Sensory Share: Good Vibrations and Happy Floods

Brian Wilson’s “Good Vibrations” has been called a pocket symphony. For this fellow autistic, it is also a sensory symphony that speaks to my wiring: “Good Vibrations, Bad Vibrations, Overwhelm, and Meltdown“.

Here are twelve pocket sensory symphonies, starting with the version of “Good Vibrations” from the “Smile Sessions”, that flood my neurology in a good way. This sequence really works for me.

I don’t know if Marissa Paternoster of Screaming Females is also autistic, but I identify with her music, history, and interviews as a disabled, queer, neurodivergent and claim her as a neurosibling in my headcanon. She has two towering, monumental, tidal wave songs on here that fill the immensity of a near-field sound stage and give me bumps and shivers. I listen to these in the sweet spot of a near-field listening setup with that Rickenbacker thumping against my legs through a subwoofer port. Your tingle levels may vary.

Stevie Ray Vaughan is another who many suspect to have been autistic. His biographies and the stories from those who knew him certainly resonate with my autistic experience. Texas Flood Live at the El Mocambo is soul channeling.

Leah Wellbaum of Sloth Rust is openly neurodivergent. I love every moment on their album “Parallel Timeline” and include several songs from it.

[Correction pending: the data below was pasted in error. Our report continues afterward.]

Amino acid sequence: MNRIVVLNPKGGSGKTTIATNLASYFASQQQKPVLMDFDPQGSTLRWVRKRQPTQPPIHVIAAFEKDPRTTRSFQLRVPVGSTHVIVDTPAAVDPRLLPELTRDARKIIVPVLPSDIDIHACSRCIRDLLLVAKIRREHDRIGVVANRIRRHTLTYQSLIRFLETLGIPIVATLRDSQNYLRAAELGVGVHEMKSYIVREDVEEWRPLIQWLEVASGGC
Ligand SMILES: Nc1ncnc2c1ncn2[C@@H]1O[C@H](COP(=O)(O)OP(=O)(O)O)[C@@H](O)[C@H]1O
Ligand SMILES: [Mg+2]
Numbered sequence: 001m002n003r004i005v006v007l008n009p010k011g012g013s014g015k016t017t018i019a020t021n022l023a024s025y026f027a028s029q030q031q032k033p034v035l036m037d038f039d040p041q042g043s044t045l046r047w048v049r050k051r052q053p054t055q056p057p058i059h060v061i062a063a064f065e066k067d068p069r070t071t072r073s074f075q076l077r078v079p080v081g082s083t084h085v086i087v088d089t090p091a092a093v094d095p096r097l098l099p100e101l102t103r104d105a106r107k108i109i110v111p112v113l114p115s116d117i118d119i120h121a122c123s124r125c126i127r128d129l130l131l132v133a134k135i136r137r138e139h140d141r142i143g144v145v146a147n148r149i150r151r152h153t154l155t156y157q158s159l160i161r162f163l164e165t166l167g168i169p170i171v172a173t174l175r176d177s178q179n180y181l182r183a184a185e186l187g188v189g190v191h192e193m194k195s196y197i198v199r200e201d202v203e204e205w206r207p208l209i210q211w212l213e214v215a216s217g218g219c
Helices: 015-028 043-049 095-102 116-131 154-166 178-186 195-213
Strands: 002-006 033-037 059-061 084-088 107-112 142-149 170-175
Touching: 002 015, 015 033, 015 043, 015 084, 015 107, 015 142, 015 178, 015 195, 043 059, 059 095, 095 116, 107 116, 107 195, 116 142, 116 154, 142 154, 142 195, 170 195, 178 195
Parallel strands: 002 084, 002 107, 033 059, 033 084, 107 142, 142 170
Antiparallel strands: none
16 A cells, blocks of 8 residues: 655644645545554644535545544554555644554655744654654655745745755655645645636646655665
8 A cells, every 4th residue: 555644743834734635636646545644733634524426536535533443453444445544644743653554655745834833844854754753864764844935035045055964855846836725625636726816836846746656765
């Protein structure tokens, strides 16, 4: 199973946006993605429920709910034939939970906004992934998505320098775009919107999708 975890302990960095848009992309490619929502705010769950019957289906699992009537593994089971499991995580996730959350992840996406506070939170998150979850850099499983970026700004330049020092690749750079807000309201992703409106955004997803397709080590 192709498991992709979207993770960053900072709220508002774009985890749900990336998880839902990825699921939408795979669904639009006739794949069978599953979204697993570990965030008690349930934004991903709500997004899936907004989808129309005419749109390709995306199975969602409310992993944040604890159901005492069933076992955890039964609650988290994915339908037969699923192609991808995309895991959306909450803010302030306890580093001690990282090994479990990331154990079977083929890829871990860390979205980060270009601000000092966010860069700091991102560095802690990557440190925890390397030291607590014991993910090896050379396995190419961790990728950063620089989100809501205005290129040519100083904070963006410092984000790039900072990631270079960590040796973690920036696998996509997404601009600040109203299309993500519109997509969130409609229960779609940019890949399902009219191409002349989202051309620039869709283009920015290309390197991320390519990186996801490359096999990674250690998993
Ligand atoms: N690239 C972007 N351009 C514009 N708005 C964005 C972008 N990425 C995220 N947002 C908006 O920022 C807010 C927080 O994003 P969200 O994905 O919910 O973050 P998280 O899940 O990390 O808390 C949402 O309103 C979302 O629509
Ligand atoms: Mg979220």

I love how AURORA stims when she sings. She welcomes us aliens and weirdos in her lyrics and fandom.She has several songs on here.

Behold the depth and breadth of autistic flow.

For more music from chronic, neurodivergent, depressed, queer punks:

Connecting to the fabric of the species with Sylvan Esso

Music. By listening to it you feel heard.

If you have this experience or this emotional state that you’re in and then you listen to a piece of music that describes that back to you, you feel connected, you feel connected to the fabric of our species.

— Nick Sanborn of Sylvan Esso

The drum beat is as close to the heart beat as you can get, and when you are all listening to a song together your bodies slow down in the same way. It’s a great community builder.

— Amelia Meath of Sylvan Esso


I love these two and the music they make together. They’ve been a source of buoyancy during these times we’re in.

Here’s Sylvan Esso connecting us to the fabric of the species with a sublime version of Gillian Welch’s “Everything Is Free”. Two great musical partnerships come together in this song.